The Real Deal New York

Retail, restaurants lure developers to West Harlem

Residential property prices now outpace the broader market

June 05, 2014 12:40PM

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From left: Red Rooster and apartment at 2270 Frederick Douglass Boulevard

From left: Red Rooster and apartment at 2270 Frederick Douglass Boulevard

New condos and rentals begat restaurants and retail in West Harlem years ago, and now those establishments are spurring more residential and commercial real estate investment across 110th Street.

As the many new shops and eateries on Frederick Douglass Boulevard make their mark, the price per square foot for residential properties in the neighborhood has increased 17 percent since 2007, enough to outpace the broader market. Meanwhile, commercial rates have soared to $100 today, from $60 per square foot prior to the housing collapse, Faith Hope Consolo of Douglas Elliman, told the New York Post.

Jeff Krantz of Halstead continues to invest in the area. Rentals at the developer’s 10-unit brownstone conversion at 139 West 123rd Street, where two-bedrooms went for $2,600 per month, sold out in six weeks. Krantz also plans to debut a 12-unit rental at 145 West 123rd Street later this summer.  The Post pegged the new spot’s monthly rents at about $2,500.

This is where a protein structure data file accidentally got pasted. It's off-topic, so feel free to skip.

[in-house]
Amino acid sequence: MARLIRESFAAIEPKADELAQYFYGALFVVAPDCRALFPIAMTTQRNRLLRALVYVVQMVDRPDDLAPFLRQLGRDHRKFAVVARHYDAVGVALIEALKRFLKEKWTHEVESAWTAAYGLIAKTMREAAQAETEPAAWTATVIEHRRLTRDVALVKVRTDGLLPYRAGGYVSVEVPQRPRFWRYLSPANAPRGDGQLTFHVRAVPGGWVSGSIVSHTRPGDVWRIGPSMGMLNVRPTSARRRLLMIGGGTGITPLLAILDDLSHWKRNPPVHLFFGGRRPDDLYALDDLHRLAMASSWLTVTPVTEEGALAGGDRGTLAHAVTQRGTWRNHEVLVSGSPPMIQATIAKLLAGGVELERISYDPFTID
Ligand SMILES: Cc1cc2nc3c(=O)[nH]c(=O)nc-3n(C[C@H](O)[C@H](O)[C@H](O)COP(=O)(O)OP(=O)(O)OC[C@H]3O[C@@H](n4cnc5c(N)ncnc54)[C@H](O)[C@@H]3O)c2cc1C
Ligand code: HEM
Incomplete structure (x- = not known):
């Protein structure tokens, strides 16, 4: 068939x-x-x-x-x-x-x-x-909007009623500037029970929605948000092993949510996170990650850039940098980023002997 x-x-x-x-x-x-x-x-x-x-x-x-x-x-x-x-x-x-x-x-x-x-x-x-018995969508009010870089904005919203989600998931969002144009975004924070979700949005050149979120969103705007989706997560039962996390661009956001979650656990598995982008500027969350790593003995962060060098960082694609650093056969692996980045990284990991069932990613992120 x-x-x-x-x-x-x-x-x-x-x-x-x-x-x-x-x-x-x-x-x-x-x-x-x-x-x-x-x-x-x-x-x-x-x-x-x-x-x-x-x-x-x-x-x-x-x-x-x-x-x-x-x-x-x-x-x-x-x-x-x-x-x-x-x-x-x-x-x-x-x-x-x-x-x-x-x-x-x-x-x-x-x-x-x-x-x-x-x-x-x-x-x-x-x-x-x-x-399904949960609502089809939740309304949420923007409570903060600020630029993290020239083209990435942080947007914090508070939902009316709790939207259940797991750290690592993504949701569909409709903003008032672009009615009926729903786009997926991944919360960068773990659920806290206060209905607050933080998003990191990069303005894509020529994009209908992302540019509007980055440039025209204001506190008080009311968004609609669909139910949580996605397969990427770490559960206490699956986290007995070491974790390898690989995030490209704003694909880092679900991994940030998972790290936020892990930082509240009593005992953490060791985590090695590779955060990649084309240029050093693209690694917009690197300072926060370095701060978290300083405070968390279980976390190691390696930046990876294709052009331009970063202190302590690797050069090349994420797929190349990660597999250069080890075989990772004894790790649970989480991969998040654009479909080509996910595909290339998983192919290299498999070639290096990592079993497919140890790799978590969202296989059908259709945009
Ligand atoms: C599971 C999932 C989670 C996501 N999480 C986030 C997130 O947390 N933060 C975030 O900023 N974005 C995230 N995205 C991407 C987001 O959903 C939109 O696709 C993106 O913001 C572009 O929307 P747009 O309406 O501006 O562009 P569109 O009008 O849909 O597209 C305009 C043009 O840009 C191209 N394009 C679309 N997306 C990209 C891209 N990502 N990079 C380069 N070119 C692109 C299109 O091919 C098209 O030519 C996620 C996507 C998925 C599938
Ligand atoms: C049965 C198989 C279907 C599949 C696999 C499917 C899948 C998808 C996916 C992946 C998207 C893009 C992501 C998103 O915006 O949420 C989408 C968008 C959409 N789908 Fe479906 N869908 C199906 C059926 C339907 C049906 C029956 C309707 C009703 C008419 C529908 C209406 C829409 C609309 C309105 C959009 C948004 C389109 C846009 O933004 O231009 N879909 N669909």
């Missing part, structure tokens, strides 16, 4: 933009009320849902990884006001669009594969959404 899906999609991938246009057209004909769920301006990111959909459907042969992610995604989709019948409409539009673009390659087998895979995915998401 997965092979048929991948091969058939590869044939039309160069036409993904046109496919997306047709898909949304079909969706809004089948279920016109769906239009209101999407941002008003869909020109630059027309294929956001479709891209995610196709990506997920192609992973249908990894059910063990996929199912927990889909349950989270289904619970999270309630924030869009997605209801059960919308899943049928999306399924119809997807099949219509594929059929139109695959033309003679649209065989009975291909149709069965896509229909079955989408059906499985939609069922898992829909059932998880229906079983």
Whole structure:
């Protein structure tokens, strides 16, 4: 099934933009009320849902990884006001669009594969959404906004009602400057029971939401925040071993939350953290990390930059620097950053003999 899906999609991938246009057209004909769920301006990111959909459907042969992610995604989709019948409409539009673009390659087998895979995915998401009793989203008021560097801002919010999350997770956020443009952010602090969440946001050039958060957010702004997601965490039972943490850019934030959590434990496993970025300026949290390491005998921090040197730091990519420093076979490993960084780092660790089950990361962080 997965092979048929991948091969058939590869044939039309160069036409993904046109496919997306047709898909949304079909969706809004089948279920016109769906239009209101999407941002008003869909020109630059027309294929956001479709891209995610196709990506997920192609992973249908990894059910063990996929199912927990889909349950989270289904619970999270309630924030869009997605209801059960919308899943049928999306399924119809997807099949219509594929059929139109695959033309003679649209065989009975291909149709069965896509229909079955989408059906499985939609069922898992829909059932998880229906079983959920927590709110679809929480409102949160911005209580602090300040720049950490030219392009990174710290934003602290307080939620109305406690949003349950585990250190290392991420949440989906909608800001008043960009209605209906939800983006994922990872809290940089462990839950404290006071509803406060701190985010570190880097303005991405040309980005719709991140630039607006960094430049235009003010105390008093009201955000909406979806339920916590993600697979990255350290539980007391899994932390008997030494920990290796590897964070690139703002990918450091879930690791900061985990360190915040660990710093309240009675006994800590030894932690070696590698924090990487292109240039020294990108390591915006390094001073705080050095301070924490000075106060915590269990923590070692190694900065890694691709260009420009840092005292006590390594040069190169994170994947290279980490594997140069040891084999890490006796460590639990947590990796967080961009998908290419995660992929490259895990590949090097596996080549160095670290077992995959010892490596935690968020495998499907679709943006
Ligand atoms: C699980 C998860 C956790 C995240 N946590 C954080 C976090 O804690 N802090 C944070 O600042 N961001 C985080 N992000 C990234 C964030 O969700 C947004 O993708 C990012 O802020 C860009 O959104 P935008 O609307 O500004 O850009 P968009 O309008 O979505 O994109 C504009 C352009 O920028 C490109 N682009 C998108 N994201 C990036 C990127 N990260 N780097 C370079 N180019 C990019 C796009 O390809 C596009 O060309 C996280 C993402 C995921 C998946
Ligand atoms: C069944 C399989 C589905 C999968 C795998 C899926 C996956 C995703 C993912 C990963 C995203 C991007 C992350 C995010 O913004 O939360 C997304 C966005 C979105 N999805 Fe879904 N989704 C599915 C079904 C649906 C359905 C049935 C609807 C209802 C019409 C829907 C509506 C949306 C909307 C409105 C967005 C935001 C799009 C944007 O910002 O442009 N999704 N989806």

And the 41-unit luxury rental building at 2270 Frederick Douglass Boulevard at 122nd Street is now leasing apartments, according the developer’s website.  Rents should range between $2,100 for a studio and $2,700 for one-bedrooms, according to the post.

In November, The Real Deal reported on Baruch Singer’s $340 million sale to Rainbow Estates Group of a portfolio of northern Manhattan and Bronx rental properties. The deal included swaths of buildings along West 111th and West 141st streets.

With 125th Street set to receive $1 billion in real estate investment over the coming year, the area could become even more attractive. [NYP]Tom DiChristopher

  • Adam Feinberg

    This is a real estate site- and you don’t even know the correct neighborhood? For the record- the neighborhood discussed in the article is Central Harlem.

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